In my previous post Stop Paying Lower Prices TODAY, I talked about how you should change your mindset on how you think about finding the Best Price over the Lowest Price when it comes to goods and services.
In this post I will be outlining some of the benefits for you as a business for implementing these ideas and to start charging more for your services…. TODAY!
DOMINATING THE BOTTOM OF THE MARKET WILL AFFECT YOUR GROWTH
It seems nobel to believe that you can be the fair and honest business person that will not over-charge your customers and give them a fair and cheap price for your services. Although it may seem like a good idea, this is a mindset you need to change if you want to provide true value while making your business grow.
Charging a fair price in comparison to a cheap price means that you are not compromising the perceived value of your work as people correlate cheap prices with cheap quality, but it also makes sure that your knowledge and expertise is being compensated and you are taking the right steps in making your business grow.
Here are some points you should be considering;
- Over-charging is not the same as Value Based Pricing.
- Low prices may affect quality of work.
- Saying No means you can say Yes to better opportunities.
- If you want to charge a premium price, offer a premium experience.
- Longevity in low price bidding.
Lets take a look at these points in more detail.
1. OVER-CHARGING IS NOT THE SAME AS VALUE BASED PRICING.
People believe that if you offer a service that is priced higher then the average in your area, that you are over-charging or trying to make a greedy profit off your customers. To show your customers that this isn’t the case, you will have to show them the value you provide over your competitors.
Value Based Pricing is based on the idea that the services you are offering, or the benefit your customer receives due to the service you have offered exceeds their initial investment in you. Some points to keep in mind;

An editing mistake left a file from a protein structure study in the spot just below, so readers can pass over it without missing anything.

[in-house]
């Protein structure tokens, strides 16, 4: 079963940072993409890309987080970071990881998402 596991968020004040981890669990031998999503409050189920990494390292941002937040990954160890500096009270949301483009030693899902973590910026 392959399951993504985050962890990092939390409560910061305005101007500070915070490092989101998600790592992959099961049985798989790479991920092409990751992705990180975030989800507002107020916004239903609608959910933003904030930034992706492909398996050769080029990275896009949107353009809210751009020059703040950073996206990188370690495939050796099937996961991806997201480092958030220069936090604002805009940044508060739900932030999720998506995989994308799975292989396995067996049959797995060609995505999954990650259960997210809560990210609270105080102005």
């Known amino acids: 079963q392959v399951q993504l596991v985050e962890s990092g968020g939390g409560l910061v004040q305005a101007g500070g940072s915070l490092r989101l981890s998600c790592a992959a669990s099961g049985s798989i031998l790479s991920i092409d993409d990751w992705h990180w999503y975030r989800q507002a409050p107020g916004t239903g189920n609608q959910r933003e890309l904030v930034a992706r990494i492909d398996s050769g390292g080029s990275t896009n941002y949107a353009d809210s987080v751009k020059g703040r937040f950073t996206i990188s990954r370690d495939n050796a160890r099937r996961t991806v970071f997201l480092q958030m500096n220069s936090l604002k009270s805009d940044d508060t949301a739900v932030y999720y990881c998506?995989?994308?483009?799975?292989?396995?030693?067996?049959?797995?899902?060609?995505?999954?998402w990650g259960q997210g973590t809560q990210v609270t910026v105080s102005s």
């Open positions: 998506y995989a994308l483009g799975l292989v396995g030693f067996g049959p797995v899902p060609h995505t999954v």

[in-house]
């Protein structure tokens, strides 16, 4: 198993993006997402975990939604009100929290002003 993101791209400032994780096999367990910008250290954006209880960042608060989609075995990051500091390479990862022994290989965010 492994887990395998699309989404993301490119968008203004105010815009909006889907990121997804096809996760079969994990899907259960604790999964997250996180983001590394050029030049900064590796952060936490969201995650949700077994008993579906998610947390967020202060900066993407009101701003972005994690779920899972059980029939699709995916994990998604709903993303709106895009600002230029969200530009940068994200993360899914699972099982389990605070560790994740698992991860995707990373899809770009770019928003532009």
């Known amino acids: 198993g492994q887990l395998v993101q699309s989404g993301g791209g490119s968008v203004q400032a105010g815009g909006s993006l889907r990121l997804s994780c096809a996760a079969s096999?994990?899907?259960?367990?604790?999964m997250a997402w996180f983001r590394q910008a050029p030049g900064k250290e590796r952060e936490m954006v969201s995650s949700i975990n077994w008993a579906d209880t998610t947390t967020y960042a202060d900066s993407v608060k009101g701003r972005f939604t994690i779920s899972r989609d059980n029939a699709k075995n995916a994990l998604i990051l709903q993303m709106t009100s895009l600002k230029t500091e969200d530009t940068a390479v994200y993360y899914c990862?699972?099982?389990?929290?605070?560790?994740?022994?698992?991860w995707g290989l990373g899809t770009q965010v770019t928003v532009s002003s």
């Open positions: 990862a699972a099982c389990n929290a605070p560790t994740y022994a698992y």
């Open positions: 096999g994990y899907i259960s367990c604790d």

- The value you offer your customer in your service should over exceed their expectations.
- The potential increase in your customers profit margin due to the service you provide should reflect in the price of your service.
- DO NOT use this as an excuse to abuse the idea to over-charge for the value you are providing.
For more on Value Based Pricing I recommend to check out the Seanwes Value Based Pricing Course.
2. LOW PRICES MAY AFFECT QUALITY OF WORK
You may think that you or your employee’s will be okay with working at close to cost price on services but the truth is that the quality of work will suffer.
Once the excitement of winning a bid has subsided and you are faced with long days of working low profit contracts you will find yourself sacrificing your quality of work and begin cutting corners just to get that job done.
I’ve seen people quote $20 for clearing out overgrown yards on community forums! That equates to at best $5 a hour before taxes when you take into consideration the time and disposal of clippings and shrubs. How long can that be sustainable before it feels overwhelming?
And the problem is that it can be hard to tell a long term customer that you want to raise prices or quit, so you end up stuck in this job that you start to hate until your quality of work diminishes and the customer ends the contract leaving in their mind a bad impression of you.
3. SAYING “NO” MEANS YOU CAN SAY “YES” TO BETTER OPPORTUNITIES.
There is a saying that has become popular in todays society when it comes to trying to grow your business;
“Grab whatever job you can”
Sure, grabbing every contract that comes your way is a easy way to grow your portfolio of clients, but are they really the right clients for you?
It may be hard to turn down a job when you are looking to grow your business but you really need to consider the type of jobs you are saying yes to.